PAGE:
However, given that much of the developed world is retaining an accommodative stance to monetary policy, the Fed will surely be mindful of the impact that its policy divergence could have in potentially strengthening the US Dollar. It may also be wary of raising borrowing costs at a time when both the deficit and debt-to-GDP ratios are high, and potential fiscal stimulus programmes espoused by both US Presidential hopefuls could add to the US’ debt burden. A number of central banks have raised interest rates since the 2008-09 financial crisis, only to have subsequently reversed direction. The Fed, whilst hinting at an increase in the Fed funds rate in December, seemed to acknowledge the ‘dangers’ in raising rates too aggressively – it lowered its projections of future rate rises, with the median now suggesting just two hikes next year.

 

The Bank of Japan

Meanwhile, the Bank of Japan (BoJ), which has been at the vanguard of unconventional monetary policy, outlined a further initiative in September – ‘yield curve control’. In effect, the BoJ is adopting a more flexible approach to its 2% inflation target and indicated that it will continue easing until the target is exceeded. The BoJ is aiming for a yield on the 10-year JGB at around 0%, which will entail adapting its quantitative easing programme and abandoning its average maturity target for its JGB holdings. The move hints at further cuts to interest rates taking the yields on shorter dated bonds deeper into negative territory, and thereby steepening the yield curve. The effectiveness of this initiative will be closely watched by other central banks at a time when conventional, and some previously announced unconventional polices, appear to be showing signs of diminishing returns and of putting margins at financial institutions under pressure.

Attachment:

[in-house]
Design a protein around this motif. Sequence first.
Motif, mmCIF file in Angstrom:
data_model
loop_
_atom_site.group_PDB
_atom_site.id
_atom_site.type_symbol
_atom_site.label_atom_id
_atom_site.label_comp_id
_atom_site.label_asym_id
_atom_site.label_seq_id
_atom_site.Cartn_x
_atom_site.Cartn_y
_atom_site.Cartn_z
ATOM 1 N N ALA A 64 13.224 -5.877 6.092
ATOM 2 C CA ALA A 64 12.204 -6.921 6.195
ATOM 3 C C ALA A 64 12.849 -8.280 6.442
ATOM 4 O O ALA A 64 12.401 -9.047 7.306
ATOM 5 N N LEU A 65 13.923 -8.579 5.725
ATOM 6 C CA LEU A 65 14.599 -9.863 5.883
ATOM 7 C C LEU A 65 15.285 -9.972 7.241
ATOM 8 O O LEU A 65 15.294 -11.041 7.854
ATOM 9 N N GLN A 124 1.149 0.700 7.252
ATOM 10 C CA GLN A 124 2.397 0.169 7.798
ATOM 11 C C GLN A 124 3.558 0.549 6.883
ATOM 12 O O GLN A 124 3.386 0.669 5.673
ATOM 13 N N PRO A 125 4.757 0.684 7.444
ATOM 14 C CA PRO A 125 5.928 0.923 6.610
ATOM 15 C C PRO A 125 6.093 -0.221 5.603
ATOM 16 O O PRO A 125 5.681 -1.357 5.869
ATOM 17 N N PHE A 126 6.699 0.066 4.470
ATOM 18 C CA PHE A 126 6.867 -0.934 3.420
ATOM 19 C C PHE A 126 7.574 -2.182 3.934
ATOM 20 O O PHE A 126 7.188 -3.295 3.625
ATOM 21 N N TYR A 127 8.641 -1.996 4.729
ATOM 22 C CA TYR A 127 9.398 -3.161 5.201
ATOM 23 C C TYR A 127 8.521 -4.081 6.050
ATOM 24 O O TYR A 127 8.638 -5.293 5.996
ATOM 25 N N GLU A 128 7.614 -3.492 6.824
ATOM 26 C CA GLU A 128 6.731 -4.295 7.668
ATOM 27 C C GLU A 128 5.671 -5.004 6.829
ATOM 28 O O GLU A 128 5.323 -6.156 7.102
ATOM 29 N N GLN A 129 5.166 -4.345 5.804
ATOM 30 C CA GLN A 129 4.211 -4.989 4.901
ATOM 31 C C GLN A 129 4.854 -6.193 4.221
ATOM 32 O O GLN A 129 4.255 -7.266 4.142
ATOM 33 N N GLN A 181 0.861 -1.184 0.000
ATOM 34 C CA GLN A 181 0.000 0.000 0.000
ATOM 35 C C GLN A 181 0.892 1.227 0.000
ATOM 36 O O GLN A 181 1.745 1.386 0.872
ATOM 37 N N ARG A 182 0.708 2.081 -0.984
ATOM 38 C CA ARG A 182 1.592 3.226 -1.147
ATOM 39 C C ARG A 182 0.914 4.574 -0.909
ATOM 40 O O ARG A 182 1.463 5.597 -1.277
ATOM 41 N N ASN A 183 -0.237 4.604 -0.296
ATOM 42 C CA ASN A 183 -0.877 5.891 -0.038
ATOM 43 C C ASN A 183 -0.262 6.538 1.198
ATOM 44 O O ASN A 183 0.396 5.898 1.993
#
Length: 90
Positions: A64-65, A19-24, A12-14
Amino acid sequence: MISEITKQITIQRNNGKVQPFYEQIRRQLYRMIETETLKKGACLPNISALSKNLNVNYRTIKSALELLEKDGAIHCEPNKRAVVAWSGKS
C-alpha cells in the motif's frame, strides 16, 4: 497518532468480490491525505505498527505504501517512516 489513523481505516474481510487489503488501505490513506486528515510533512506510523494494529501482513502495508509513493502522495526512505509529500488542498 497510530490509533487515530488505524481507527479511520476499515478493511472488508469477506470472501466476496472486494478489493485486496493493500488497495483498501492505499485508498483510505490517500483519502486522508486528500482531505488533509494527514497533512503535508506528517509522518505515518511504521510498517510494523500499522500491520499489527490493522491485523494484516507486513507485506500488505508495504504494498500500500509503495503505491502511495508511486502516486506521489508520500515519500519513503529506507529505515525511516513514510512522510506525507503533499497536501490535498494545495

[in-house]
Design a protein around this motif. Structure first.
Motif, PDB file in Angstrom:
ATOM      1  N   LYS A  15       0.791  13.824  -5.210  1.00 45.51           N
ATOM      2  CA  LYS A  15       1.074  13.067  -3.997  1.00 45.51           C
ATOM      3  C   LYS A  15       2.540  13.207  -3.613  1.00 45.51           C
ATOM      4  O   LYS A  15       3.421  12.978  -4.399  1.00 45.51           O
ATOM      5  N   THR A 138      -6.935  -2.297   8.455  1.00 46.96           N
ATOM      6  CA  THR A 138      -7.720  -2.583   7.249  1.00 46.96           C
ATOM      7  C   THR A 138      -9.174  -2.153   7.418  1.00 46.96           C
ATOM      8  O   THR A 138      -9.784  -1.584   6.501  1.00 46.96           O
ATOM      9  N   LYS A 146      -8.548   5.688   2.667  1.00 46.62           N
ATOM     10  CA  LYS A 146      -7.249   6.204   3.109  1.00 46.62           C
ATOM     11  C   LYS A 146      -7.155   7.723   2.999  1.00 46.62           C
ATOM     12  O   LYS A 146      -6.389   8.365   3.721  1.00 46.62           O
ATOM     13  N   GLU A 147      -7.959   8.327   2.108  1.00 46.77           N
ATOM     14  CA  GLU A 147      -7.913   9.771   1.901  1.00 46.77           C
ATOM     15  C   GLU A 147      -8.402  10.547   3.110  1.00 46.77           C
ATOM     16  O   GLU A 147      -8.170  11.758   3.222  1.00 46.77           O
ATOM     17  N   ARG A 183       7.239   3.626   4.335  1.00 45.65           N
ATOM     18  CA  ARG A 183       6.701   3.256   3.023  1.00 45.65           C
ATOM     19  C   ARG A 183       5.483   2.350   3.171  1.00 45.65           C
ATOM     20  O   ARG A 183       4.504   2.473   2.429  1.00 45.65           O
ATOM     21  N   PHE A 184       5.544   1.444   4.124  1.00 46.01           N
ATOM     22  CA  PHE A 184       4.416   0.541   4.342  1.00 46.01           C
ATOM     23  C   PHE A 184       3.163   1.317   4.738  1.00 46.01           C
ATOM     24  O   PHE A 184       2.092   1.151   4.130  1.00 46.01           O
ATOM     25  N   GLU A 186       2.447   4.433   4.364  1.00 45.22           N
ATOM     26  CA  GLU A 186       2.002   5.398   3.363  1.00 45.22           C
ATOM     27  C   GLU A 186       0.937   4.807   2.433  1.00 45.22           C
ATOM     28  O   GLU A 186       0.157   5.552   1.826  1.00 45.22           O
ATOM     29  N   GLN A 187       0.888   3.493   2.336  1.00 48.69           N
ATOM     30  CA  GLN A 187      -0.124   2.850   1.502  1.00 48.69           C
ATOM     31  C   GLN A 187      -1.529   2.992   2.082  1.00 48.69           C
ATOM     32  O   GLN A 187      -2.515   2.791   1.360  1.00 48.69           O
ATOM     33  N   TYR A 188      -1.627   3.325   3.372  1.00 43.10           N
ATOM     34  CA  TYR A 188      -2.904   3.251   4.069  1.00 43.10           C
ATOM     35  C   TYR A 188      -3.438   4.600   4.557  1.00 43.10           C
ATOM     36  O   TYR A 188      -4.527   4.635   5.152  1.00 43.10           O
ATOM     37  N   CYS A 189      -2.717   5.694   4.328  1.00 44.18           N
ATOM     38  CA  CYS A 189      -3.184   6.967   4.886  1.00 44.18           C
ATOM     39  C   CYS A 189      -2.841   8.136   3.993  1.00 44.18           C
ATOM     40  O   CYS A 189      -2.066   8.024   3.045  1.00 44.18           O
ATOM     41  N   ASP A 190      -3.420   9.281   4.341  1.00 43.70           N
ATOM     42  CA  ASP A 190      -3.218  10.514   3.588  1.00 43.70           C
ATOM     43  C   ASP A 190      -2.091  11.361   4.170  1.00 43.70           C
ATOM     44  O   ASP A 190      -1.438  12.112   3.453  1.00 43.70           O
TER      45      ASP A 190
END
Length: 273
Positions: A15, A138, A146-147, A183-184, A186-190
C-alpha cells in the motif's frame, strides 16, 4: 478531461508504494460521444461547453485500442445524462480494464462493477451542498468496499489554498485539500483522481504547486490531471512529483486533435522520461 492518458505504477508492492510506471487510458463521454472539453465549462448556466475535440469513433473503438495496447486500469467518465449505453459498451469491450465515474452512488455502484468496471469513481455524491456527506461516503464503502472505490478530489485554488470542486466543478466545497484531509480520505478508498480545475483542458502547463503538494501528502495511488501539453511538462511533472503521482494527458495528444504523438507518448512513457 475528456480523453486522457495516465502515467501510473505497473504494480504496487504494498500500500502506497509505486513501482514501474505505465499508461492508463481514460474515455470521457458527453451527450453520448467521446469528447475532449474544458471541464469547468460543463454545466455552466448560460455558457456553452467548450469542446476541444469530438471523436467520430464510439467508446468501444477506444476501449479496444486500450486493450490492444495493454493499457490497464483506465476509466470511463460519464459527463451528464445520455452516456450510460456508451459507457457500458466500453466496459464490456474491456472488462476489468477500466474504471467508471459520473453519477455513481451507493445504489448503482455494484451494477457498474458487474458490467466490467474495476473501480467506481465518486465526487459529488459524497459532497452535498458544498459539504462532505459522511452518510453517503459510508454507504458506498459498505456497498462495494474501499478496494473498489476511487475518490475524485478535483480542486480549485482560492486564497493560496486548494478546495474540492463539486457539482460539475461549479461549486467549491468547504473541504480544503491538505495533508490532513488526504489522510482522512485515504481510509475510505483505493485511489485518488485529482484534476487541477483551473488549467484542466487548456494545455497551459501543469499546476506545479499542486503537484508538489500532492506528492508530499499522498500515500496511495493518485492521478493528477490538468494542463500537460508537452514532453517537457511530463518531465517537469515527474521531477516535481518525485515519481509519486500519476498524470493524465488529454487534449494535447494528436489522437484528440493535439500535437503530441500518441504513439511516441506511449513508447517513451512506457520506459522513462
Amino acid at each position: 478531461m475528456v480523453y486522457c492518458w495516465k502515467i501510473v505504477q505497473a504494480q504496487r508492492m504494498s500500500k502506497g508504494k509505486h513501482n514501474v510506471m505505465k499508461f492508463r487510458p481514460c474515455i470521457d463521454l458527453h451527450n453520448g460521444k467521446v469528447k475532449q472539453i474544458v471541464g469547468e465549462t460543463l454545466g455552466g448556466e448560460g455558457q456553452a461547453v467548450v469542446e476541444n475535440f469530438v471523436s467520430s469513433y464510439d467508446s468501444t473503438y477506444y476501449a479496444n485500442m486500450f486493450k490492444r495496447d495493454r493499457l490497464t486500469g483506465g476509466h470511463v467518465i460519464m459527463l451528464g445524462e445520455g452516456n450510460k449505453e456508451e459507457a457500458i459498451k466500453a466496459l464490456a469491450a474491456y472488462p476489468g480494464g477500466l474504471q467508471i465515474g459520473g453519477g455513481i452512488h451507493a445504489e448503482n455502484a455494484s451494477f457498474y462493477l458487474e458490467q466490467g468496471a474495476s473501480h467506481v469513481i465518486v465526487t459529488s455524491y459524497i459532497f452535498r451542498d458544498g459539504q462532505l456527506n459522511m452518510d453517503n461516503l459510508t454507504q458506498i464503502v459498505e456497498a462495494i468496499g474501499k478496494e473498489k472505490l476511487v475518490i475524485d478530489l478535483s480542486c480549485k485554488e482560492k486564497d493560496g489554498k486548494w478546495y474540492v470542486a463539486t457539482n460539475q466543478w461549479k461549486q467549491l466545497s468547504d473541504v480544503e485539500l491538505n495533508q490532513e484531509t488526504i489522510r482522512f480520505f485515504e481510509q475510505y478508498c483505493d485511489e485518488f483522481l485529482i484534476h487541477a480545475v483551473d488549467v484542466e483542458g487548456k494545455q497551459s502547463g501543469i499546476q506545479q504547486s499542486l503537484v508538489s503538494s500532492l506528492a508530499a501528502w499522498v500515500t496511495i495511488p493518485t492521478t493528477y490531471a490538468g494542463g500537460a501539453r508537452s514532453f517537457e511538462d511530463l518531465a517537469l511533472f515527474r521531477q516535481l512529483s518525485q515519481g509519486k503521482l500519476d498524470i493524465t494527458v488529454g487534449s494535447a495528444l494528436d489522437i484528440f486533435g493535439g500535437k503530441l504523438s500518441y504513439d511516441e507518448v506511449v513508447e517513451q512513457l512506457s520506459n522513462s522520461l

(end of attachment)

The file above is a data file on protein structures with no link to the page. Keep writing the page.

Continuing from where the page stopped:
Inflation – the unwatched pot?

Despite much of the developed world having experienced a prolonged period of low inflation, and even deflation, there are signs that deflationary forces are easing. Indeed in some areas inflationary pressures are beginning to grow. In the UK, for example, sterling’s devaluation could more than offset the disinflationary forces of an expected slowdown in economic growth. And in the US, with the economy nearing full employment, there are signs that wage pressures are starting to grow and a number of companies have been raising their minimum wages. Measures of ‘core’ and ‘sticky’ US inflation have also been trending higher. The latter, which measures slow-to-change categories, such as restaurant food prices and medical care services, reached its highest level since 2009 in August. Furthermore, as time passes, the negative base effects of last year’s commodity price declines will start to diminish as they fall out of the inflation calculation. The oil price, for example, fell by about 35% during the calendar year 2015 and reached a low point of about $28 per barrel of Brent crude in January this year, before recovering. At the time of writing, oil trades at around $48 per barrel; an increase of over 70% from its lows, and there are indications that OPEC is now more seriously considering a cut to production. A sustained higher oil price could provide an additional boost to inflation and provide a backdrop against which the Fed may feel even more comfortable in raising rates. Inflation may be subdued at the moment but investors would be unwise to assume it will remain so indefinitely.

Please note: this aricle first appeared in the Autumn copy of Confidant, our in-house Magazine and was correct at the time of publicaion.

This is an excerpt from an article published in the autumn 2016 copy of Confidant, our quarterly magazine. To request a copy do contact us on [email protected]